How to Make a Successful Plan for Your Coffee Business
The first step in starting any business is coming up with a strong business plan. Of course, this includes things like developing your financial model, analyzing your competition, refining your product, creating a marketing strategy, and so on. However, the first step is to get a clear picture of just what kind of business you plan to start. You’ll want to start thinking about big questions related to your future company. In our series of How to Start a Coffee Business guides, we’ll walk you through the main steps involved in planning, developing, opening, operating, and growing a coffee company.
In this first guide, we start by asking if the coffee industry is right for you, and if you have the right skills to start a coffee business.
Recommended: Check out our full, in-depth How to Start a Coffee Shop Business guides, inspired by coffee professionals, they will help make your coffee dreams real, from sourcing beans to hiring baristas, forming an actual company, and everything in between.
We’ll cover the following planning topics:
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Is the Coffee Industry Right for You?
Before you get started on the path to opening your business, there are some very important questions you need to ask yourself.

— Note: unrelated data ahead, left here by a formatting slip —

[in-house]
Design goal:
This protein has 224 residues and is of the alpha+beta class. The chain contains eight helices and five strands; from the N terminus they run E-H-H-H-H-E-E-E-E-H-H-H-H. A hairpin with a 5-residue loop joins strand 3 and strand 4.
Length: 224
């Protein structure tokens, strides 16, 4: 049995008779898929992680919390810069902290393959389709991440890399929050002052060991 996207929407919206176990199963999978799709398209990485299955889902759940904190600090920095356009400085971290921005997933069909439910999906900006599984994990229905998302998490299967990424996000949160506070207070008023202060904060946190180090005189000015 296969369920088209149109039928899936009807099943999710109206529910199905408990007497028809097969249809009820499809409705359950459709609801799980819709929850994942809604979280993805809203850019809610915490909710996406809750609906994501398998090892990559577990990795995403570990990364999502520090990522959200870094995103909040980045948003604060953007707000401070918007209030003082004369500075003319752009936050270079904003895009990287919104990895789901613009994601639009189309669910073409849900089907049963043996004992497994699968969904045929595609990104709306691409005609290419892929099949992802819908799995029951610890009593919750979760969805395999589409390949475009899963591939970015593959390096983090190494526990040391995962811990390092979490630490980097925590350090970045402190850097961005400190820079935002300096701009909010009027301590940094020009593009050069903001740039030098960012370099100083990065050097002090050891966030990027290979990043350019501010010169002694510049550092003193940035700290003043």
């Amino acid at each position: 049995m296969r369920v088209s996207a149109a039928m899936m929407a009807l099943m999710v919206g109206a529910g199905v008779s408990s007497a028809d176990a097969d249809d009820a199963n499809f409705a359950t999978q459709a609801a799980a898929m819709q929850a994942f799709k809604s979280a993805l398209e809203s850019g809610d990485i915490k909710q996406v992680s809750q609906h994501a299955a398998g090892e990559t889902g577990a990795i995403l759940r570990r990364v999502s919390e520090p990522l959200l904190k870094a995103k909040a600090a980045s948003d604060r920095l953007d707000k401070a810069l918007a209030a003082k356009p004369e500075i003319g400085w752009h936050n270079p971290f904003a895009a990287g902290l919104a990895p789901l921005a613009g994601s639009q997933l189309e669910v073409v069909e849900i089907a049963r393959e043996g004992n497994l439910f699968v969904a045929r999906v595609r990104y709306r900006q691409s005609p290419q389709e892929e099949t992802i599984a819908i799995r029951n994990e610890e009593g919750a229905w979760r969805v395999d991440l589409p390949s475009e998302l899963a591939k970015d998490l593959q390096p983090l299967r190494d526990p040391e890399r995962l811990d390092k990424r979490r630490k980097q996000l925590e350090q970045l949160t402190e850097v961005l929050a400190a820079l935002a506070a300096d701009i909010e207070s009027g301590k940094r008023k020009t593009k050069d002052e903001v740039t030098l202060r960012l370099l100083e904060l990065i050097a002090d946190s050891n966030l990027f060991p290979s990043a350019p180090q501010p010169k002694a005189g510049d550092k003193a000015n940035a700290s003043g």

The first question is: Are you interested enough in coffee to open a business based on it?
This may seem simple, but considering the years of effort and amount of money you’re about to invest, you should really be sure you want to make your livelihood by selling coffee, with all the various challenges you’ll face on a daily basis.
Here are some other questions that come from advice given during interviews we had with established coffee entrepreneurs:
- Do you have enough money to open the business?
- Do you have the passion to run a business and deal with its unique and long-term challenges?
- Do you love being around people?
- Are you ok with facing the unknown?
Here are some traits we heard coffee entrepreneurs possess, according to our experts:
- The ability to fall back on everything you’ve done throughout your life in terms of experience you’ve developed, people you’ve met, and your ability to learn.
- Adaptable, ready to change and not cling onto failing, strongly-held ideas.
- Both a perfectionist and willing to do things imperfectly to get it done.
- Seriously community-minded — again, you’re going to be around people a lot!
- Able to multitask the financial, people, product, equipment, vendor relations, and numbers of the business all at once.
How to Plan your Coffee Company
The process of planning a coffee company really looks like a series of questions and the answers you provide to those questions. Some of these questions and answers will get you started on the journey, while others will end up on your business plan and help set the structure for your business.
How to do Research and find Connections to the Coffee Industry